Oranges and Sunshine plays out, in part, like a mystery, as Humphreys, tenacious woman that she is, follows these faint trails to uncover a hidden tragedy. (And though you’d be hard-pressed to determine from, say, the clothing and hairstyles onscreen that this is not taking place today, the nature of Humphreys’ investigations — all quiet libraries and dusty storerooms of paper records — is a startling reminder of how recently in the past electronic research was not an option. Humphreys can’t Google anything!) But mostly it’s a vigorously humanist drama — first-time feature director Jim Loach in following in the footsteps of his legendary filmmaker father, Ken Loach, then — as Humphreys journeys to Australia to meet the adults those migrant children have become, to gather whatever meager information they may have about themselves — many have no birth certificates; some had had their names changed — and begin the next stage of the investigations: finding the families they lost in the U.K.

This isn’t a story about process but about people: how Humphreys goes about her work is less important than who she meets along the way. Like Jack (Hugo Weaving: Legend of the Guardians: The Owls of Ga’Hoole, The Wolfman), the aforementioned long-lost brother, who is desperate to find the mother he has faint memories of (he was 10 when he was deported, and the adult sister he’d just found had been adopted away, so their mother was lost to them). And Len (David Wenham: Public Enemies, Australia), whose initial suspicions of Humphreys and her motives only very slowly give way to a reluctant exploration of his own past, which is more horrific than he is willing to concede.

Humphreys finds herself deeply affected in unexpected ways by the stories she hears from these former migrants, and from the pushback that comes from the still-powerful establishment that would rather their dark pasts remain shrouded in ignorance. It is infuriating to hear some of Humphreys’ detractors insist that she’s wrong to, say, upset elderly priests today by reminding them of the sadistic abuses they once doled out to their defenseless charges. (You knew the Catholic Church would be complicit here in some way, didn’t you?) But Rona Munro’s screenplay avoids all sense of the melodramatic to show us everything through Humphreys’ blunt perspective, as a woman who takes on this tough job of reuniting families long separated and healing old wounds as best as can be done simply because it needs doing.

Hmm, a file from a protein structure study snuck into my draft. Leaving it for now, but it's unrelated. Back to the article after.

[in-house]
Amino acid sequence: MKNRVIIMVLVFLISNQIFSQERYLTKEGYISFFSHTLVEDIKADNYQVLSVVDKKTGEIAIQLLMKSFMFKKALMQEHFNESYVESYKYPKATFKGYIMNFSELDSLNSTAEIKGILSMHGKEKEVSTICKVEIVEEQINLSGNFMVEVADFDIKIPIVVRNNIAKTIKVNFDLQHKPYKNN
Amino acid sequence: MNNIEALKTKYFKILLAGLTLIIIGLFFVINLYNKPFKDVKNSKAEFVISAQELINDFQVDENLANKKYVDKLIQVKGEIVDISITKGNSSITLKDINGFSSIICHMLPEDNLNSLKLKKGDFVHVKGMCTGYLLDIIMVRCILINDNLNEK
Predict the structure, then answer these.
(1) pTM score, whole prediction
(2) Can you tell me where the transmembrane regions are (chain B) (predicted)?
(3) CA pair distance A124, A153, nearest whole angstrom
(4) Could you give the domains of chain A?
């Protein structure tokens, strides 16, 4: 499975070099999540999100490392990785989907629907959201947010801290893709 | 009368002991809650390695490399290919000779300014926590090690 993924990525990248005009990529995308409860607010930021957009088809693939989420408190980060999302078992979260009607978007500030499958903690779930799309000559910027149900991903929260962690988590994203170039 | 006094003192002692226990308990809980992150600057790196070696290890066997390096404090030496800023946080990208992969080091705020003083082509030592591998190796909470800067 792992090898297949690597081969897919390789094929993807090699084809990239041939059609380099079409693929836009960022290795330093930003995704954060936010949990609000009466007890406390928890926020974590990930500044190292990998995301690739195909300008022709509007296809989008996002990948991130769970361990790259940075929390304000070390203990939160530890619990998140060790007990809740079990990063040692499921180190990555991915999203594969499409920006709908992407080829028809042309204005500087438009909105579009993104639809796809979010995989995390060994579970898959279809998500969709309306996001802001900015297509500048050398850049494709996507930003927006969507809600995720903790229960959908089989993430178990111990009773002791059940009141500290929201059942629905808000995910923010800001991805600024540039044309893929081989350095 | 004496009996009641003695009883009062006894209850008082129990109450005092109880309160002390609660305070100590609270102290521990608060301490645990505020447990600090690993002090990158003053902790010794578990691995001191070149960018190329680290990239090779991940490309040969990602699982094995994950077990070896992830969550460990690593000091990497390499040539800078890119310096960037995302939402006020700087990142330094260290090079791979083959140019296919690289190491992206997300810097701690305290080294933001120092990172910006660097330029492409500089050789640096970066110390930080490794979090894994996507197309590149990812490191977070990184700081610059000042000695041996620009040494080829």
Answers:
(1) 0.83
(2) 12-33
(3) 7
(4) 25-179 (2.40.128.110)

Even better: there’s none of the tarting up that sometimes it seems even true stories get bogged down under. Humphreys does not have to fight her boss for time to devote to this Important Cause; Humphreys’ husband doesn’t threaten to leave and take the kids because she’s spending all her time in Australia these days; Humphreys doesn’t have an affair with one of those lost sad migrants while she’s all alone on the other side of the planet. She just does the work, and gets it done, and swallows the impact on herself, and doesn’t even get to witness the happy reunions. Because mostly those reunions don’t happen… or they happen, but they’re not happy. Oranges and Sunshine is not about making us feel better about a terrible thing. It’s just about the terrible thing itself, and the very small efforts that can be done to make a small part of the terribleness right — or less wrong — again.

See Child Migrants Trust for more info on the secret migrations.